Access to a bank account is essential for women's economic empowerment as it provides a safe place to save money and opens up a channel to credit which can be used for investing in education, property or in a business
NEW DELHI (Thomson Reuters Foundation) - India launched its first public sector bank catering for women on Tuesday, an initiative aimed at economically empowering millions of women across the country who do not have access to basic financial services such as bank accounts or loans.
Inaugurating the first branch of the Bharatiya Mahila Bank in the financial city of Mumbai, Indian Prime Minister Manmohan Singh told dignitaries that despite great successes made by some women in India, many continued to face financial exclusion.
"Over centuries India has produced several accomplished women leaders in a diverse range of areas - science, medicine, business, sports, politics and so on. A recent global survey of top 50 women business leaders in the world included four Indian women," Singh said.
"However, all this does not reflect the average reality of women in our country. The sad reality is that women in India face discrimination and hardship at home, at school, at their place of work and in public places. Their social, economic and political empowerment remains a distant goal."
Access to a bank account is essential for women's economic empowerment as it provides a safe place to save money and opens up a channel to credit which can be used for investing in education, property or in a business, gender experts say.
Yet more than 1.3 billion women worldwide remain largely outside the formal financial system, according to the World Bank's Global Financial Inclusion (Global Findex) database.
In regions such as South Asia, the Middle East and North Africa, it says, women are about 40 percent less likely than men to have a formal account.
"Only 26 percent of women in India admit to having a bank account," said Finance Minister P. Chidambaram at the bank's launch.
"Since fewer women than men have bank accounts, fewer women are able to get loans. Per capita credit in the case of women is 80 percent lower than in the case of men. Hence the need for a bank that predominantly serves women – from the self-help groups to the small business women and from the working woman to the high net worth individual."
Chidambaram had pledged in his budget speech in February that the government would provide an initial investment of 10 billion rupees ($160 million) to help the bank take off.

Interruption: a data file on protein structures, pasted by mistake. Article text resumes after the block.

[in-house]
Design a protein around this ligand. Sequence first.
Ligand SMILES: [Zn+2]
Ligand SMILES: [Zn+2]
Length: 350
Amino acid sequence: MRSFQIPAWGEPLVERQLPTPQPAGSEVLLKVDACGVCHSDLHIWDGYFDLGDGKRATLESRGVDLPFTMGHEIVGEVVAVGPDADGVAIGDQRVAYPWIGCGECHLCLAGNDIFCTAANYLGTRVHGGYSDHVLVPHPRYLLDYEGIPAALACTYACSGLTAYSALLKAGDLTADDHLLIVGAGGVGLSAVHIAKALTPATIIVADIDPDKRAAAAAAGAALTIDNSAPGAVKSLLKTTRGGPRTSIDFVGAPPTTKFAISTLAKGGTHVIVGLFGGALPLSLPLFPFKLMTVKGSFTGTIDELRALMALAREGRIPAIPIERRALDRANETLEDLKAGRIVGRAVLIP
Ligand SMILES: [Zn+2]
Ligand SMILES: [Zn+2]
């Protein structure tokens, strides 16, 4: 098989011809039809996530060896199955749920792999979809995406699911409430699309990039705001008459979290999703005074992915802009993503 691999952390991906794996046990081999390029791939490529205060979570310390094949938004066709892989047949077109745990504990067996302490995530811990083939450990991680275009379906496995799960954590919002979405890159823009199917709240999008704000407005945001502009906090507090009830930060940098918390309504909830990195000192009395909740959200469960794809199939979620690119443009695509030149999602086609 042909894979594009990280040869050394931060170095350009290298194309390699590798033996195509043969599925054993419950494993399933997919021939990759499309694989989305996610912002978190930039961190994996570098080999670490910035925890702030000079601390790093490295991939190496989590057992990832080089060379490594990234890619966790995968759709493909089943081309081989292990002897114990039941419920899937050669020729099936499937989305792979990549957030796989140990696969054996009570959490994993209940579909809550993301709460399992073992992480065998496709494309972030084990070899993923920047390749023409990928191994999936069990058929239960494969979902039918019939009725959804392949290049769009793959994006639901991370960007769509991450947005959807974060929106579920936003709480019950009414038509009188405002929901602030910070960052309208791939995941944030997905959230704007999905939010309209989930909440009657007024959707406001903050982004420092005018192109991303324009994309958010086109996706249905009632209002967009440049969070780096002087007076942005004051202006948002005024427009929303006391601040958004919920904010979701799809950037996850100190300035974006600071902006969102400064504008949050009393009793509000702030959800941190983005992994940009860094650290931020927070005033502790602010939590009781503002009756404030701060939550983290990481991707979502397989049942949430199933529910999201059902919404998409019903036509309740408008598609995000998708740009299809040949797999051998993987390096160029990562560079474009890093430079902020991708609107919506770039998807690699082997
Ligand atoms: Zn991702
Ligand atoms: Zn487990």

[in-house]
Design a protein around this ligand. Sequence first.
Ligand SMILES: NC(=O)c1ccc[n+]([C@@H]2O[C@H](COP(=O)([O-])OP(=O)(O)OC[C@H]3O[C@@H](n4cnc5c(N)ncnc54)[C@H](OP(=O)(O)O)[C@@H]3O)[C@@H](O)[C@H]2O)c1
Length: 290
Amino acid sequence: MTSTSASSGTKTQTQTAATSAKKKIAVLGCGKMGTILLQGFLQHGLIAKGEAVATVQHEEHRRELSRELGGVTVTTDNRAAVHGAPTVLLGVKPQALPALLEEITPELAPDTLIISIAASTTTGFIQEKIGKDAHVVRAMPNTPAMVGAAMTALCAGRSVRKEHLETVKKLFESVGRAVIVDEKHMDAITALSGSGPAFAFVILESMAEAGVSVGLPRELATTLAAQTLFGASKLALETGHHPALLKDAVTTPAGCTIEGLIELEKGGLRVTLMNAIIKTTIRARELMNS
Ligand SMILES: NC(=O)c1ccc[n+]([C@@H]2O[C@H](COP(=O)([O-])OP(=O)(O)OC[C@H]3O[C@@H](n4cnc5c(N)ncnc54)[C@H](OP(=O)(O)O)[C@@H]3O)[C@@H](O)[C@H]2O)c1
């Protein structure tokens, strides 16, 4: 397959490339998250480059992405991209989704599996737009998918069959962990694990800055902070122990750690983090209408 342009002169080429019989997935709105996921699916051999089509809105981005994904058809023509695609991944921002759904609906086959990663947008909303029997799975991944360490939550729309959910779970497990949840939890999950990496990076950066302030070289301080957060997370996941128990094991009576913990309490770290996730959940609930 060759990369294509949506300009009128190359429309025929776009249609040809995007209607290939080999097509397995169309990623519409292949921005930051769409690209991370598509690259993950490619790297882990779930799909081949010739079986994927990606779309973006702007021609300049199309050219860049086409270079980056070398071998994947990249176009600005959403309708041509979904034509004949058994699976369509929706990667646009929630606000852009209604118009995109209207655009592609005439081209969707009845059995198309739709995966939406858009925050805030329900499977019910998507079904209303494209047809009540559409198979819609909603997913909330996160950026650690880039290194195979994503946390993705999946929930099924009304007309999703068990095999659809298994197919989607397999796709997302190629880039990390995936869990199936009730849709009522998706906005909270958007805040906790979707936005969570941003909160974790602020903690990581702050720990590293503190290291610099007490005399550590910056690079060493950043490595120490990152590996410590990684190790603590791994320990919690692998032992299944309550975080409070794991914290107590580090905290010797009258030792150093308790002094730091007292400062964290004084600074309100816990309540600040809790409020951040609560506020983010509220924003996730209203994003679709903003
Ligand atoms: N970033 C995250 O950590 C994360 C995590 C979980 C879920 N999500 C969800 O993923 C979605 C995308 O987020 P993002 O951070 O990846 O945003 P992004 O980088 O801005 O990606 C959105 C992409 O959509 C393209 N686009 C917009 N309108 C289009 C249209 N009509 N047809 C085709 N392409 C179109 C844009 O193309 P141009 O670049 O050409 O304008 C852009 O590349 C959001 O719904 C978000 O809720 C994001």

Head-quartered in New Delhi, the Bharatiya Mahila Bank will initially have branches in seven cities including Mumbai, Kolkata, Chennai, Ahmedabad and Guwahati.
This will increase to 25 in urban and rural areas by March 2014 and will further expand to 500 over the next four years.
The bank will offer usual commercial services, and will accept deposits and give loans to women or to businesses which are either managed by or make products for women. There will be emphasis on providing credit for skills development for women and slight concessions on loan rates.
It will largely be run by women, but will employ some men. Savings accounts, but not loans, will be available to men.
Experts say women lack access to finance - partly because of illiteracy, remote locations and lack of documentation, but also because of deep-rooted patriarchal attitudes which mean men still control family budgets.
Women who wish to start small businesses often do not have the technical and financial expertise or face discrimination at local banks when they try to get loans and other services.
"The setting up of the Bharatiya Mahila Bank is a small step towards the economic empowerment of our women," said Singh, adding the bank's launch coincided with the birthday of the India's first female prime minister Indira Gandhi.
"I am also sure that it will particularly benefit women from the less privileged sections of our society. The fact that it will be run largely by women will serve as an example that given the opportunity, women are capable of taking on challenging tasks."
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